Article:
Gonzalez, the newly elected president of San Francisco’s Board of Supervisors, politely declined. “I think it’s not what my [board] colleagues want me to do, that’s not what the public here wants me to do. They want to see me grounded in local issues and focused on that,” said Gonzalez, speaking the morning before the President’s speech from his spacious office in San Francisco’s City Hall.
In a city of nearly 800,000, Gonzalez’s position as board president makes him, at least for the next two years, the second highest-ranking official in San Francisco’s government, next to the mayor. (Because San Francisco is organized as both a city and county, there is no city council: The Board of Supervisors governs both.)
The position also makes him one of the country’s most prominent Greens. While Gonzalez downplays his broader role for the party, other members hail his ascension as particularly significant. “Matt’s election energized the whole party,” says Susan King, a member of the San Francisco Green Party’s County Council.
Fundamentally, Gonzalez’s election means there is a Green in a high-profile city who is in charge of making committee assignments, pushing legislation and building coalitions to pass laws, and he firmly believes that’s where his focus should be.
Referring to the knock he’s heard from most critics—that Greens can’t govern—he says: “One of the things I’ve been trying to do is re-appropriate the idea of fundamental city services back from the more conservative members of the board, and to try to get away from this notion that the fundamental idea of government serving people is not a progressive value. In fact, serving people is a progressive value. That is what it’s all about, ultimately.”
Gonzalez, 37, understands that there is broader significance to his election for the Greens, and for Latinos. “We were very surprised to learn I was the first Latino board president,” he says, digging through a box of mail. “There have been African-American women who have been board presidents. In fact, five of the last 10 Board of Supervisor presidents have been women. So there had been diversity in other ways. But in a state and a city that has such a large Latino population, we were surprised.”
From the stack of letters, he pulls correspondence informing him that there was some precedent to his election: A member of the Progressive wing of the Republican Party was elected as San Francisco’s board president in the ’30s. This pleases Gonzalez, primarily because the board member was affiliated with former California Governor and Progressive Party founder Hiram Johnson. Gonzalez sees Johnson an example of a leader who promoted the “good government” movement, a service-oriented bent that he admires and continues to follow.
Gonzalez himself worked for nearly a decade as a public defender before winning a four-year term on San Francisco’s board, and it’s that service background Gonzalez hopes to capitalize on as he promotes his top agenda item: putting a citywide minimum wage measure on the ballot in November. He understands it’s a high hurdle to clear, but he has a few things in his favor, including the existence of an already established living wage law. Passed by the board in 2000, the “minimum compensation” law requires city service contractors, including nonprofit agencies and leaseholders at San Francisco International Airport, to pay workers at least $10.25 an hour.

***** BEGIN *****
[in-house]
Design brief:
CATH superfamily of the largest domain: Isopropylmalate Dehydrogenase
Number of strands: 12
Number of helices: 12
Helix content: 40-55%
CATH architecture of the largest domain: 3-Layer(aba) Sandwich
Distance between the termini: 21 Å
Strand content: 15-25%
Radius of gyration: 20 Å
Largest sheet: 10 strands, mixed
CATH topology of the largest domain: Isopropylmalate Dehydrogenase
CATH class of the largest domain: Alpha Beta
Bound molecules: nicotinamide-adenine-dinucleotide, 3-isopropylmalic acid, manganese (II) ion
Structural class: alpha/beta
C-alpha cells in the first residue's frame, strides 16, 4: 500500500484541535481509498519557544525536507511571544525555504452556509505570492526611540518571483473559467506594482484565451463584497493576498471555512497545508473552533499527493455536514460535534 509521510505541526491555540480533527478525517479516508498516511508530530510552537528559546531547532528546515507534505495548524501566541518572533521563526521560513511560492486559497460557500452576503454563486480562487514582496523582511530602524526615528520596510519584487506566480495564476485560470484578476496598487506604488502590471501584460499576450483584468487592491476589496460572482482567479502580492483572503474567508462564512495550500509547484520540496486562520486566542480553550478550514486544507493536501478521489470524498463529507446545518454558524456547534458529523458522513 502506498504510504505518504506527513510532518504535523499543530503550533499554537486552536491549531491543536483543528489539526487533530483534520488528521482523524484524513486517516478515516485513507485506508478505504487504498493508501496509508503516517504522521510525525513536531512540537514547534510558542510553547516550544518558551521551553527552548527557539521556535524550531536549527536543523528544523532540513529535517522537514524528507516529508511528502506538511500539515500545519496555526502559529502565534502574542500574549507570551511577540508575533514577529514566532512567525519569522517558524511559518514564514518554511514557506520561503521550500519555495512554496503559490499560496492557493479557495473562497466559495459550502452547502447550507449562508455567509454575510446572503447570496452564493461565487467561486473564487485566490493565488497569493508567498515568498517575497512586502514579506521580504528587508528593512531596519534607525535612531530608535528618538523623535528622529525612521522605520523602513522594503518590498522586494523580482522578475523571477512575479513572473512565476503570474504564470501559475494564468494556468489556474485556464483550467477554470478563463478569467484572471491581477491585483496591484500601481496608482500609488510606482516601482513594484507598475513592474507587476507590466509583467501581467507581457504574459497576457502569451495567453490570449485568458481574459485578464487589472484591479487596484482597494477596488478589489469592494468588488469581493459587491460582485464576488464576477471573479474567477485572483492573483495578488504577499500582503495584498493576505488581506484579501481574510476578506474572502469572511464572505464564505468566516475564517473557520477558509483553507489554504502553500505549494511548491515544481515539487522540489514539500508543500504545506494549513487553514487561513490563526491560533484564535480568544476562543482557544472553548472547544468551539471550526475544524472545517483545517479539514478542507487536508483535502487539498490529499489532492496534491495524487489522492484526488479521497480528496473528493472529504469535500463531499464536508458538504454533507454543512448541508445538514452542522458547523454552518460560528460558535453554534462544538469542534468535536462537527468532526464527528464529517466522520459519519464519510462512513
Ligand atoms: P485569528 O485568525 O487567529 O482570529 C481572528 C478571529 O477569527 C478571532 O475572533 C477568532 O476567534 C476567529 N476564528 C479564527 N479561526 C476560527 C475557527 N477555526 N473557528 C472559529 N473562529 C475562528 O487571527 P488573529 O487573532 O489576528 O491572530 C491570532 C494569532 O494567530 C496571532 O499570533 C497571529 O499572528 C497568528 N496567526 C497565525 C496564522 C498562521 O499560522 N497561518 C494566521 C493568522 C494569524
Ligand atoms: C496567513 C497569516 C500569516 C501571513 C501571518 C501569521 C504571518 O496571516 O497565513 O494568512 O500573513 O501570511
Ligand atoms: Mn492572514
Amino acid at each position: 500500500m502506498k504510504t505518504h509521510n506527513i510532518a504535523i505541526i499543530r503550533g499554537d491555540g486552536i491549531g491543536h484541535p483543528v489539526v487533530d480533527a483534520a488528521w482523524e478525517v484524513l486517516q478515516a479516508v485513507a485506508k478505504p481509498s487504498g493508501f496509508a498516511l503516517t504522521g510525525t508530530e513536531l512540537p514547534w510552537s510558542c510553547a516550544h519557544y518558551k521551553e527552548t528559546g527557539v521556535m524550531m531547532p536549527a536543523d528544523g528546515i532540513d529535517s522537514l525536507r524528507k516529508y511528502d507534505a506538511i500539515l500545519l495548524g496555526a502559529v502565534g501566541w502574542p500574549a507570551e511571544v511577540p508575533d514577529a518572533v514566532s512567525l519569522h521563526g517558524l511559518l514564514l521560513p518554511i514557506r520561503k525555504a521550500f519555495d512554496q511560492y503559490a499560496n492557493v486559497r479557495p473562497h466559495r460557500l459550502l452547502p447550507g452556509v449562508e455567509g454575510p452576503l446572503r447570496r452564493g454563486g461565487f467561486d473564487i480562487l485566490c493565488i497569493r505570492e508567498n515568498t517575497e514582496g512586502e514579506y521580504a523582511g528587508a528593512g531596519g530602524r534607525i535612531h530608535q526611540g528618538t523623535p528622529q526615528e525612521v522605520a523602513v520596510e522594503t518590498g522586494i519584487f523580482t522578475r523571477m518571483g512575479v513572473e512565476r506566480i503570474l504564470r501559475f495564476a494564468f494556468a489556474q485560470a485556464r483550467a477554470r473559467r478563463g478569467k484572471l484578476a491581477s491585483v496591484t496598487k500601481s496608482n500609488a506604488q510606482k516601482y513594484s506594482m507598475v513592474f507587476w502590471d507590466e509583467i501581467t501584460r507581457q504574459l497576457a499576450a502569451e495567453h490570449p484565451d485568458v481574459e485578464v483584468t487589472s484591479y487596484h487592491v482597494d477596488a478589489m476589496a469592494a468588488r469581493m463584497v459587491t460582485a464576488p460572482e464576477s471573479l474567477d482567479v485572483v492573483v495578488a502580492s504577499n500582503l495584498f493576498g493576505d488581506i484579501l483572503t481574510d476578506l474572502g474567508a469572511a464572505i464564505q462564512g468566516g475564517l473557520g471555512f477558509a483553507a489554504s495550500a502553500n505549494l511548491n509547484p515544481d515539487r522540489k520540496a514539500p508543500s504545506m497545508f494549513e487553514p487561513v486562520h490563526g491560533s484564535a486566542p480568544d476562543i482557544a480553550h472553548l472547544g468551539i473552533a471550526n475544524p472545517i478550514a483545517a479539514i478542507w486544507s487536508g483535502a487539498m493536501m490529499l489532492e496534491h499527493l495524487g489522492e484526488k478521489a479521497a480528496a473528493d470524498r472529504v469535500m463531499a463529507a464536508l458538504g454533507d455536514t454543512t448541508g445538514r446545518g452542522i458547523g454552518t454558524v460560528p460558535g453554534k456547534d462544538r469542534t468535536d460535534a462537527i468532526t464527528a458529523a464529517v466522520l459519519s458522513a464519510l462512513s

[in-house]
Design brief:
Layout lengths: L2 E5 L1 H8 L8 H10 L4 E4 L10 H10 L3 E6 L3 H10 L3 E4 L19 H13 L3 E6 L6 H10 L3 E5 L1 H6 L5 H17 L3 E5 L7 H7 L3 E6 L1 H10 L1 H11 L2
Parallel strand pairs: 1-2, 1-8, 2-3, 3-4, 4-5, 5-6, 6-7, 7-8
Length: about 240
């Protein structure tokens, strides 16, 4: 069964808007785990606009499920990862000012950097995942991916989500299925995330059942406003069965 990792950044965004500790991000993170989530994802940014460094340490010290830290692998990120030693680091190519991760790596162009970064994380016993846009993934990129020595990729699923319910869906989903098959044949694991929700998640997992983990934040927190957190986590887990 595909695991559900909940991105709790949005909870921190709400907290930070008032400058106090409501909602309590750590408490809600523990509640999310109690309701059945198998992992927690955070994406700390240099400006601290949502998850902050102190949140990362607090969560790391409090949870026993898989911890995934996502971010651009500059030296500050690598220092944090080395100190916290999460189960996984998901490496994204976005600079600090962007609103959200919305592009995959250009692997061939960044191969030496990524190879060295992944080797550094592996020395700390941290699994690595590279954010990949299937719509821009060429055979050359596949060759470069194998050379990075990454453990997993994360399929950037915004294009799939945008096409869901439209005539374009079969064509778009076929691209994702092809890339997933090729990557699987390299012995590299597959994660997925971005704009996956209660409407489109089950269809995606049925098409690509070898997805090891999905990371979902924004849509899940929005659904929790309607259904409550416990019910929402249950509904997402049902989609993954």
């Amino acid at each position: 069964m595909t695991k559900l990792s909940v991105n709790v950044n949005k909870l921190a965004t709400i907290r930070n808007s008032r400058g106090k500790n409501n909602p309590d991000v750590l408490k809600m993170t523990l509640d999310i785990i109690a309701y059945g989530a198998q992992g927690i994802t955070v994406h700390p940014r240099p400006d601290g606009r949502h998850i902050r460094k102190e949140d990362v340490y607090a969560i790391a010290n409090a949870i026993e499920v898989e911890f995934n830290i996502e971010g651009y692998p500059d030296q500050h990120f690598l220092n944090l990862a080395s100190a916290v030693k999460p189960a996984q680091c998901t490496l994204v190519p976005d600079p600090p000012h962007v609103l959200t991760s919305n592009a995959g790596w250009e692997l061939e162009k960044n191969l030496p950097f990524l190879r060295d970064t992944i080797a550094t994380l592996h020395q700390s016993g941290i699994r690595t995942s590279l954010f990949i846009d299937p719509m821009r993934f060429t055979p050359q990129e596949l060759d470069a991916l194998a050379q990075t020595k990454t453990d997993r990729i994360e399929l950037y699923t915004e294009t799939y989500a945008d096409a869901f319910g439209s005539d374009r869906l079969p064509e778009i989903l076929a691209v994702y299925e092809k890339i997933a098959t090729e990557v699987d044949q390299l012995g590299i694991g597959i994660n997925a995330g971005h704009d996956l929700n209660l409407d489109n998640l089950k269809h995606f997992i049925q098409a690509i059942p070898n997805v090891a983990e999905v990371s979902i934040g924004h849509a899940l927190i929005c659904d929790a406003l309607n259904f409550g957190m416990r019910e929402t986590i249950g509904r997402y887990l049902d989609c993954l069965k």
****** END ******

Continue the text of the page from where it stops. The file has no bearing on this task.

To establish a minimum wage of somewhere between $8.25 and $8.75 per hour for workers in the city, Gonzalez is counting on alliances between progressives and the city’s business organizations—two groups that have not always joined forces in the past. Yet he may be able to build such a coalition, considering that similarly strange allies thrust Gonzalez into his leadership position.
In a town that has long been run by Democrats like Mayor Willie Brown, and on an 11-member board with nine Democrats, his chance to win the presidency against two Democrats seemed slim, at best. But for some of the more independent-minded members of the board, it was precisely Gonzalez’s distance from the Democratic machine that made him an attractive board president. He won January’s election by a 6 to 5 margin.
Gonzalez, a Texas native and Stanford law grad, represents the city’s District 5, a large portion of which covers the Haight-Ashbury neighborhood. Though hardly the counterculture mecca of ’60s legend, Haight-Ashbury remains a wildly diverse neighborhood, home to long-time merchants, older property owners, twenty-something kids from the suburbs and a considerable contingent of homeless teens. Gonzalez has these residents in mind when discussing the minimum wage law and other aspects of his agenda, including improving the city’s homeless assistance programs.
With such plans, gaining national recognition is not high on Gonzalez’s list. That’s perfectly fine with party organizers such as Ross Mirkarimi, a founder of California’s Green Party. “Though these kinds of local offices are considered non-partisan, this is the bread and butter of the Green Party’s progress,” Mirkarimi says. “Sustaining and occupying as many seats as possible, and parlaying those into the partisan arena.”
In addition, he says, gaining those offices provides a challenge for the Greens. “The burden of proof is on us to show we can govern too.”
Gonzalez agrees. “I think the Greens are best served if, after my tenure, people look back and say, ‘He worked on fundamental issues, and he kept his focus.’”
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